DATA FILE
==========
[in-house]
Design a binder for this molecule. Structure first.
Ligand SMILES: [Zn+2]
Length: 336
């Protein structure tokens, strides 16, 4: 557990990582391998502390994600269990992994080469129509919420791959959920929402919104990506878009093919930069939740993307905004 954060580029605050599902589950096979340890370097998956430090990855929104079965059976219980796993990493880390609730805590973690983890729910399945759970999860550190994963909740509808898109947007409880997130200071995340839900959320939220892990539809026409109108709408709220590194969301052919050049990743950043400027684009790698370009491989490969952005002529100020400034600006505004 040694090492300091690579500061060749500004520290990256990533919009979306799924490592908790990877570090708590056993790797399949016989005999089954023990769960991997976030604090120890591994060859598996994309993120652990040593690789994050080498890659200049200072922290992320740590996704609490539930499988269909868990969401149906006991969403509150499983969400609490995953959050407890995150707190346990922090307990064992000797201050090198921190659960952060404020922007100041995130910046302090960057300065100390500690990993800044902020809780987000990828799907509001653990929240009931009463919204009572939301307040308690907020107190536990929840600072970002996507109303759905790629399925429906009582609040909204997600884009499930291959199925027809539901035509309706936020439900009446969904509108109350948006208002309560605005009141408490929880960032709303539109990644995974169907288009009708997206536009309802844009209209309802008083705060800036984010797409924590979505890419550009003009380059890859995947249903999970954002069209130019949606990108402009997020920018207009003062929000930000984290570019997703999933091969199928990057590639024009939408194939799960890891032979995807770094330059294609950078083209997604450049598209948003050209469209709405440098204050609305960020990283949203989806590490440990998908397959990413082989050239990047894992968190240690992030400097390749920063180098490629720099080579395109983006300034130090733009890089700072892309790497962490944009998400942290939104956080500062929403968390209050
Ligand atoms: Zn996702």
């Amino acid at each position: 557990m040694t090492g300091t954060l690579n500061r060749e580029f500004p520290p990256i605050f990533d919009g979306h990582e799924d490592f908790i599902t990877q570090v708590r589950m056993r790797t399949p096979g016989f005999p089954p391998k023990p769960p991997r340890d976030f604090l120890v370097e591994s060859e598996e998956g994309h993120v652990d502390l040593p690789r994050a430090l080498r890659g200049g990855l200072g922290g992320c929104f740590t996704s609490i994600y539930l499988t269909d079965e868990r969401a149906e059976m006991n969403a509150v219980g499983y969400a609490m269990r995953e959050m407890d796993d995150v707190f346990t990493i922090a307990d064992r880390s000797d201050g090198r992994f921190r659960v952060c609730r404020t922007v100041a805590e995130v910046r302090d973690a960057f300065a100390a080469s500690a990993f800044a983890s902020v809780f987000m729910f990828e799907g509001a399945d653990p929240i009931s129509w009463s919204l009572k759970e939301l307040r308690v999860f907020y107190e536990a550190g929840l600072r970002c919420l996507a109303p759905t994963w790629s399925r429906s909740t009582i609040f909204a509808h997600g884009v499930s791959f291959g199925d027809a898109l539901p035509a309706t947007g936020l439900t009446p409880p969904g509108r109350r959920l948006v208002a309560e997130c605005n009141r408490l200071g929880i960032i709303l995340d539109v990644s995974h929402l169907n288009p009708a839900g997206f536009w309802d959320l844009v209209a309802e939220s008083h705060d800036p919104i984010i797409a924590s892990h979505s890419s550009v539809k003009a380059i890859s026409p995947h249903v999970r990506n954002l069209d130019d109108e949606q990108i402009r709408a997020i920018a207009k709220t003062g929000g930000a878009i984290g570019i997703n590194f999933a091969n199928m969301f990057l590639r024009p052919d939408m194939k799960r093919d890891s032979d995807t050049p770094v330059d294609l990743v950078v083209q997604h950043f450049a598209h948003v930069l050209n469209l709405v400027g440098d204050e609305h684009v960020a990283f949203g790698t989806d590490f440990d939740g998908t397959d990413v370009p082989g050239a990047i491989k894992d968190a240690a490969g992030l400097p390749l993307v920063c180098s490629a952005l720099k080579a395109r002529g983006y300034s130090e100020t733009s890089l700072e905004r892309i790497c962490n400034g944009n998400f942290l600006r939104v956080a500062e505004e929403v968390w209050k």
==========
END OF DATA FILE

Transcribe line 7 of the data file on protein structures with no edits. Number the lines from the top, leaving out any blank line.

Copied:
């Amino acid at each position: 557990m040694t090492g300091t954060l690579n500061r060749e580029f500004p520290p990256i605050f990533d919009g979306h990582e799924d490592f908790i599902t990877q570090v708590r589950m056993r790797t399949p096979g016989f005999p089954p391998k023990p769960p991997r340890d976030f604090l120890v370097e591994s060859e598996e998956g994309h993120v652990d502390l040593p690789r994050a430090l080498r890659g200049g990855l200072g922290g992320c929104f740590t996704s609490i994600y539930l499988t269909d079965e868990r969401a149906e059976m006991n969403a509150v219980g499983y969400a609490m269990r995953e959050m407890d796993d995150v707190f346990t990493i922090a307990d064992r880390s000797d201050g090198r992994f921190r659960v952060c609730r404020t922007v100041a805590e995130v910046r302090d973690a960057f300065a100390a080469s500690a990993f800044a983890s902020v809780f987000m729910f990828e799907g509001a399945d653990p929240i009931s129509w009463s919204l009572k759970e939301l307040r308690v999860f907020y107190e536990a550190g929840l600072r970002c919420l996507a109303p759905t994963w790629s399925r429906s909740t009582i609040f909204a509808h997600g884009v499930s791959f291959g199925d027809a898109l539901p035509a309706t947007g936020l439900t009446p409880p969904g509108r109350r959920l948006v208002a309560e997130c605005n009141r408490l200071g929880i960032i709303l995340d539109v990644s995974h929402l169907n288009p009708a839900g997206f536009w309802d959320l844009v209209a309802e939220s008083h705060d800036p919104i984010i797409a924590s892990h979505s890419s550009v539809k003009a380059i890859s026409p995947h249903v999970r990506n954002l069209d130019d109108e949606q990108i402009r709408a997020i920018a207009k709220t003062g929000g930000a878009i984290g570019i997703n590194f999933a091969n199928m969301f990057l590639r024009p052919d939408m194939k799960r093919d890891s032979d995807t050049p770094v330059d294609l990743v950078v083209q997604h950043f450049a598209h948003v930069l050209n469209l709405v400027g440098d204050e609305h684009v960020a990283f949203g790698t989806d590490f440990d939740g998908t397959d990413v370009p082989g050239a990047i491989k894992d968190a240690a490969g992030l400097p390749l993307v920063c180098s490629a952005l720099k080579a395109r002529g983006y300034s130090e100020t733009s890089l700072e905004r892309i790497c962490n400034g944009n998400f942290l600006r939104v956080a500062e505004e929403v968390w209050k």